Thursday, March 08, 2007

Anyone ever hear of Scantron in this place?

I was blessed this week to have two days of classes. And three days next week. And then three whole days the week after. And then none. That's my month in a nutshell. Things are winding down at school and the last two days have involved 240 future ichi-nensei invading their soon-to-be school to take their entrance examinations. From the five tests, they will be put into their respective homerooms that will essentially determine whether they will be college-bound, vocational school-bound, or McDonald's-bound.

I was invited to help grade papers and all of the double and triple checking that is involved in deciding their fates. It was typically Japanese. Precise and time-wasting, but at the same time a bit admirable for the attention to detail. Each test was split into nine question sections. There were three tables and at each table someone took a section to check with a red pen and a system of circles, slashes, and Xs. There were many signatures added to sheets and then after every test was graded at one table, we rotated the tests, double checking with a black pen. Then rotated again and checked with a red pen again. Then there was the counting of correct answers...three times. Plus lots of yelling of numbers that still needed to be checked. "Yon-ban!" "Ni-ban!" I sort of enjoyed that part.

I got the hang of grading although was a bit overwhelmed at first due to this chart:

But thankfully I was given the easiest/non-Japanese needing parts and ripped through my tests.

I was going to write a detailed blog about the "tracking" system of Japan, but think I will give it a miss for now. Essentially there are different levels of high schools (Chatan is in the lower middle tier of schools in Okinawa) and then within each school some students are on different tracks...Liberal Arts, Science/Mathematics, Technology, McDonalds (my 1-3 class). Students are supposed to know whether they want to go to college or not before entering high school, which determines which school they attend (can decide between schools in their area) and then which type of homeroom they will be in. It's all very complicated and based on these exam scores, interview results, etc. the students will soon know if they will be 1-1, 1-4, 1-8, etc. I am really curious where the student who got 1 right on the math section...only answering 1... is going to be put. Some real winning scores! And listening to Bridgit talk about how well her students did on the English test makes it apparent how she is a higher-middle tier school, quickly approaching top school status. My students were great if they wrote, "School clubs should be required because.... sport is happy."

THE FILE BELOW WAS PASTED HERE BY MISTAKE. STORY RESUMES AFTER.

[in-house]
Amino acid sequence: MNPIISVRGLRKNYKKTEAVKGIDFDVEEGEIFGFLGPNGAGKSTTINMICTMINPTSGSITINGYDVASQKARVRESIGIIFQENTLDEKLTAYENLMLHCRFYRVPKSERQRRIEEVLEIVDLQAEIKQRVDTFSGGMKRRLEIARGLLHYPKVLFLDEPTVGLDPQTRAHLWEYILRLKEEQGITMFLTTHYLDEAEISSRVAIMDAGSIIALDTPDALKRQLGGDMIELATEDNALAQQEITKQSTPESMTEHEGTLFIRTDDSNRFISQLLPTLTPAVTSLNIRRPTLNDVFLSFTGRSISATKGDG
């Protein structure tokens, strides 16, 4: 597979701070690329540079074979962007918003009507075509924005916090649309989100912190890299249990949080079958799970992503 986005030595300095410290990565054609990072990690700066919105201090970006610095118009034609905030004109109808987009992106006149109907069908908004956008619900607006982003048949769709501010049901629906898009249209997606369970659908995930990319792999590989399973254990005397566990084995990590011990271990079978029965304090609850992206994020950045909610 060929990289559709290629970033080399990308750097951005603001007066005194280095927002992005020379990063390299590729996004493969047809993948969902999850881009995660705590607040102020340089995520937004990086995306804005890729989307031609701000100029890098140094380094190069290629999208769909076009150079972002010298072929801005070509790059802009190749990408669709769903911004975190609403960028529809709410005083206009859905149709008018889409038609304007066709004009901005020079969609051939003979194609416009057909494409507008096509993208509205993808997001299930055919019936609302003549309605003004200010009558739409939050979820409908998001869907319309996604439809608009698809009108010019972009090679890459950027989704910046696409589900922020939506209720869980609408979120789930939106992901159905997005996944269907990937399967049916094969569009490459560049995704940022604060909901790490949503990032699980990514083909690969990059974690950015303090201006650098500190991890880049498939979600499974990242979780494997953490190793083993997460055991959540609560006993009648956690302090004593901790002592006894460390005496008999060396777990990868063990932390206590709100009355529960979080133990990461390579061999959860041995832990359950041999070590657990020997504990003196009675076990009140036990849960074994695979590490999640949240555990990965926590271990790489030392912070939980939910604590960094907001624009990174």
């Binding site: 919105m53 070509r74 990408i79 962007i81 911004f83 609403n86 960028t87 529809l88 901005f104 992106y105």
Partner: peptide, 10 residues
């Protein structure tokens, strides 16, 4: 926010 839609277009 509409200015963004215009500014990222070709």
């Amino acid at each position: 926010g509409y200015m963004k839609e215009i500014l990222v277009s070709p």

We graded our tests in the shodo (calligraphy) room. I was looking at all of the displayed scrolls and pointed out the one in the middle to Taiko-sensei and made a comment about how shaky it was. She said, "Oh, yes. That one." Her tone made it sound like I had just picked out one done by a student who couldn't help the shaking. But then she said that it was actually a style of calligraphy and is supposed to look like that. Then she pointed out some other differences and all of the teachers said they couldn't read all the kanji/understand the meanings. Interesting.

Most teachers kept saying, "tsukareta" (tired) and this poor guy took advantage of a brief break in the action. He also happens to be the second place finisher in the Naha and Okinawa City marathons. Must be the training.

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